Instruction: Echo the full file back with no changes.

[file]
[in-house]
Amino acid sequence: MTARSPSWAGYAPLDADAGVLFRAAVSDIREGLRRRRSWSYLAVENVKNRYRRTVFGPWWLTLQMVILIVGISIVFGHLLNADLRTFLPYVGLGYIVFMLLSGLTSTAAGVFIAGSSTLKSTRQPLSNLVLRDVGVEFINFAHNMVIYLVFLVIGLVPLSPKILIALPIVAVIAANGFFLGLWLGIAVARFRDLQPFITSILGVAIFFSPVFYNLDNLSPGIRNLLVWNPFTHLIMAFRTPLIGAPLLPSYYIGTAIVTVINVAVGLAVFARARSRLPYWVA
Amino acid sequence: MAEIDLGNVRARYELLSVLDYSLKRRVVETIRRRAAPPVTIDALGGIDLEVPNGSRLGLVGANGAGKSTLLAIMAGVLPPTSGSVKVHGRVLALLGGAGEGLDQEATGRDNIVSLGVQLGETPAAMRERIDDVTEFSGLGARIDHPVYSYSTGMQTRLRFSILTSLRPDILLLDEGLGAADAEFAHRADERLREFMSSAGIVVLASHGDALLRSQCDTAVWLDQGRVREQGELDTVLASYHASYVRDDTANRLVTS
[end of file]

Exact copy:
[in-house]
Amino acid sequence: MTARSPSWAGYAPLDADAGVLFRAAVSDIREGLRRRRSWSYLAVENVKNRYRRTVFGPWWLTLQMVILIVGISIVFGHLLNADLRTFLPYVGLGYIVFMLLSGLTSTAAGVFIAGSSTLKSTRQPLSNLVLRDVGVEFINFAHNMVIYLVFLVIGLVPLSPKILIALPIVAVIAANGFFLGLWLGIAVARFRDLQPFITSILGVAIFFSPVFYNLDNLSPGIRNLLVWNPFTHLIMAFRTPLIGAPLLPSYYIGTAIVTVINVAVGLAVFARARSRLPYWVA
Amino acid sequence: MAEIDLGNVRARYELLSVLDYSLKRRVVETIRRRAAPPVTIDALGGIDLEVPNGSRLGLVGANGAGKSTLLAIMAGVLPPTSGSVKVHGRVLALLGGAGEGLDQEATGRDNIVSLGVQLGETPAAMRERIDDVTEFSGLGARIDHPVYSYSTGMQTRLRFSILTSLRPDILLLDEGLGAADAEFAHRADERLREFMSSAGIVVLASHGDALLRSQCDTAVWLDQGRVREQGELDTVLASYHASYVRDDTANRLVTS